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The Leprosy Mission Australia: charity review

Care:  At least some of the information about this charity is no longer current.  Use the ‘Search charity names’ box to see if there is a later review.  If the latest review has a message like this, you are welcome to make your case for an updated review via email to ted@businessbythebook.com.au.

This is a review in the series ‘Australian Council for International Development (ACFID) Members’. ACFID ‘is the peak body for Australian non government organisations (NGOs) involved in international development and humanitarian action.’ It requires Members to adhere to a Code of Conduct. ‘Leprosy Mission Australia, The’ is one such Member[1].


The website linked from the ACFID membership list, ‘The Leprosy Mission Australia’, seeks donations from the public.

Covid-19 on that website.

The ACNC, in their article, Donating to Legitimate Charities, gives “some things to consider to help you make sure your donation is going where it is intended”:

  1. Check the charity’s name.
  2. Ask for identification from anyone seeking a donation.
  3. Be careful of online requests for donations.
  4. No tax deduction doesn’t mean the charity is not a legitimate one, and
  5. Find out more about how the charity says it uses donations.

Here’s the results for ‘Leprosy Mission Australia, The’, with #5 supplemented by the essentials of the ACNC’s What should I consider when deciding which charity to support?[2]

 1.  There’s a charity registered in the name ‘The Leprosy Mission Australia’ [TLMA].

Although TLMA is a public company, the usual ‘Ltd’/’Limited’ is absent because ASIC permitted registration without it.


2.  There is no indication on the website that TLMA seeks donations door-to-door or in public places.


3.  The web address begins with a closed padlock symbol, so the website is secure [the ACNC article above].

The SecurePay logo (unlinked) is at the bottom of the page where you put your information[3].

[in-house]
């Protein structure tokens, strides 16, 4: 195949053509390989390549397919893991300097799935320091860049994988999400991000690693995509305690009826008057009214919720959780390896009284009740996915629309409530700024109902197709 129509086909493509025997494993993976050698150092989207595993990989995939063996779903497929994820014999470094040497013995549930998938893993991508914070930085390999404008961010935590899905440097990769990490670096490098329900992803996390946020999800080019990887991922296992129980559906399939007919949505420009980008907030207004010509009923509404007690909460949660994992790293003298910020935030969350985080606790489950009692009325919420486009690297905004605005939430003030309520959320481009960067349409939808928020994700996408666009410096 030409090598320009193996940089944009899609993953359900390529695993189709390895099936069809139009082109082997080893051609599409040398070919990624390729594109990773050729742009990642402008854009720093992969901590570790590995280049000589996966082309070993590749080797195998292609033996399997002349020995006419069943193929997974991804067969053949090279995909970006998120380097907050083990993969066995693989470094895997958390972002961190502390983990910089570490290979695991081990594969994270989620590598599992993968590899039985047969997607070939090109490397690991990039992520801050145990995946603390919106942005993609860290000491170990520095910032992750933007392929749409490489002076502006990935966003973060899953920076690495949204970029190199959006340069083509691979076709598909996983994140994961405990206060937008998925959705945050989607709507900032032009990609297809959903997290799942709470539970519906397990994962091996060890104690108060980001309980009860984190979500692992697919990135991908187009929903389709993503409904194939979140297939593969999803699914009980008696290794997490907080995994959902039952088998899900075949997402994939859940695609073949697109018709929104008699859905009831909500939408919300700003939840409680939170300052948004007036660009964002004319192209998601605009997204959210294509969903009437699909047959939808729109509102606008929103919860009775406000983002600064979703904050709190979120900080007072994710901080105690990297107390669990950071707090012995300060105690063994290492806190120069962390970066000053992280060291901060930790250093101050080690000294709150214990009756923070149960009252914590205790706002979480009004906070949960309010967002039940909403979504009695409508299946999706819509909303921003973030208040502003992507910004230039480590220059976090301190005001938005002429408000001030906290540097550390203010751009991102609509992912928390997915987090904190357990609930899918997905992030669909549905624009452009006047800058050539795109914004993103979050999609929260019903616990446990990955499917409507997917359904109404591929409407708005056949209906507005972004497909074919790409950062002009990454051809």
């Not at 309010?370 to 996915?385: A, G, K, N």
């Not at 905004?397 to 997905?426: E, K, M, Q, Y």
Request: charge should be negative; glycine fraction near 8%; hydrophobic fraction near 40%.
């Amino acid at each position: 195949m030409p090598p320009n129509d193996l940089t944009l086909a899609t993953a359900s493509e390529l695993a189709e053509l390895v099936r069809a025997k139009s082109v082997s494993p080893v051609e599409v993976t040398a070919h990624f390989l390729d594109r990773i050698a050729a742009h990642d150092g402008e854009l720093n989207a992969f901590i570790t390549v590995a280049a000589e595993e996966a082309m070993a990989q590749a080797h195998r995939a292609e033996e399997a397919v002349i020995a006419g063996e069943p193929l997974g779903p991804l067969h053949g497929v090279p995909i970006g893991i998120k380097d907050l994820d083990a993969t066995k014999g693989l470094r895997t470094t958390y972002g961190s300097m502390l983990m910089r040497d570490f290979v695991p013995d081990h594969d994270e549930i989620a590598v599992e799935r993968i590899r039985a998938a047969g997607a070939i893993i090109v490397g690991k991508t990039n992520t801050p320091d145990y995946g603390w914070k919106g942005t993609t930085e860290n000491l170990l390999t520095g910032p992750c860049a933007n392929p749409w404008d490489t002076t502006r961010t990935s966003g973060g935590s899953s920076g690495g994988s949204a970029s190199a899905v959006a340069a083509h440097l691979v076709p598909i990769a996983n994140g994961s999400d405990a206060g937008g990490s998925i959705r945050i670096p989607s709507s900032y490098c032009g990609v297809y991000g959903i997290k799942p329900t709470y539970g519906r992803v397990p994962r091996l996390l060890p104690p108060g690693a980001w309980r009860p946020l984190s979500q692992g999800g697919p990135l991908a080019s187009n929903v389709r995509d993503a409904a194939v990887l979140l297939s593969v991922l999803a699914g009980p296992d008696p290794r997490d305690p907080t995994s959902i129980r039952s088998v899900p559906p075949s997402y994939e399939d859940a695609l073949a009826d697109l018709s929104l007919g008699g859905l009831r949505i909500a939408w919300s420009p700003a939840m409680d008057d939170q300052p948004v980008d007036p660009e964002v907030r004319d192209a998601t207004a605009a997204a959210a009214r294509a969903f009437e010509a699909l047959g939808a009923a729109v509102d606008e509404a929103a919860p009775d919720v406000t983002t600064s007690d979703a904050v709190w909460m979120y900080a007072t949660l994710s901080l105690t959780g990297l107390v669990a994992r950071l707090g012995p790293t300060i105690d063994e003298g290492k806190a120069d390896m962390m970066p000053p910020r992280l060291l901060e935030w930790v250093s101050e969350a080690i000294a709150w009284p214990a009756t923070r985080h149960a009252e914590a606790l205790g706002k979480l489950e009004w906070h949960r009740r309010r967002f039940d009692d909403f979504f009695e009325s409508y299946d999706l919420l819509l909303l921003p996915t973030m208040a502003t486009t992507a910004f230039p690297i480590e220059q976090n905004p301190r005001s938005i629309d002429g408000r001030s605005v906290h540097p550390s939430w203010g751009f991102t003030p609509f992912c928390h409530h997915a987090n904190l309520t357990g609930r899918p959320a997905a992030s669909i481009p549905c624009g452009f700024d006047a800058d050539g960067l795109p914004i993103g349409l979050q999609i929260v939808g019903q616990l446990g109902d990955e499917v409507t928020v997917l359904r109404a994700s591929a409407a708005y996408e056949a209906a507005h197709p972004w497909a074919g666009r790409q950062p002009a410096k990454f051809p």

4.  TLMA’s ABN record says that, as a public benevolent institution (PBI), it is entitled to receive tax-deductible gifts. The initial page of the giving process says the same.


5.  The use of your donations

This graphic, under the heading ‘About/Where your funds go’ on the website, is one of TLMA’s answers to this question:

But this is not the whole picture. The above activities occurred overseas and were not delivered by TLMA. TLMA is a fundraising organisation[4]:

The audited account of how a charity uses its donations – $3.00 million for TLMA – is its Financial Report on the ACNC Register.

Cash spent

From the Statement of Cash Flows (with last year in the second column):

No further information is given on the first figure. So, we don’t have enough information to understand where the cash went.

Resources consumed (i.e. accrual)

This, from the Statement of Income and Expenditure, is how the activities translated into expenses:

None of the above terms are defined.

From the ‘Frequently Asked Questions’ page on the website:

‘Accountability and Administration’ above is 10.8% (excluding any part of the unidentified ‘Other Expenditure’).

‘The field’ is not defined, but it seems reasonable to equate this with the amount sent overseas (Note 19, see below). This was 34%, less than half the 70% that was TLMA’s aim. Even if we exclude ‘Commercial…’ and ‘Other Expenditure’, it is still only 41%. For this reason, you might consider asking TLMA why you shouldn’t send your donation direct to The Leprosy Mission overseas.

Note 19 gives the destination of the bulk of the funds sent overseas:

Presumably, this is saying that the net donations were all sent to TLM offices overseas.

There is no comment on what happens to the money after it reaches the overseas office.


Nothing systematic found on TLMA’s impact.

Charity response

TLMA appreciates feedback. I sent a draft of this review to them on 6 April 2020. By the time of publication, on 24 April, they had not responded[5].


  1. The organisation is also a Member of Missions Interlink. Missions Interlink also a set of standards for members (monitoring of which is weak).

  2. A section in the article, Donating and Volunteering:

    • Focus on the nature of the charity’s work, its beneficiaries and the impact the charity is having in the community.
    • Is it clear what the charity is trying to achieve and how its activities work towards its objectives?
    • Would you like to spend your money, or time if volunteering, to support these objectives?
    • Is the charity being transparent about its activities?

  3. Suggestion to TLMA: for those who don’t know Secure Pay, a link would be useful.

  4. From the Directors’ Report [Financial Report 2019, ACNC Register]:

  5. They didn’t respond to the last review either.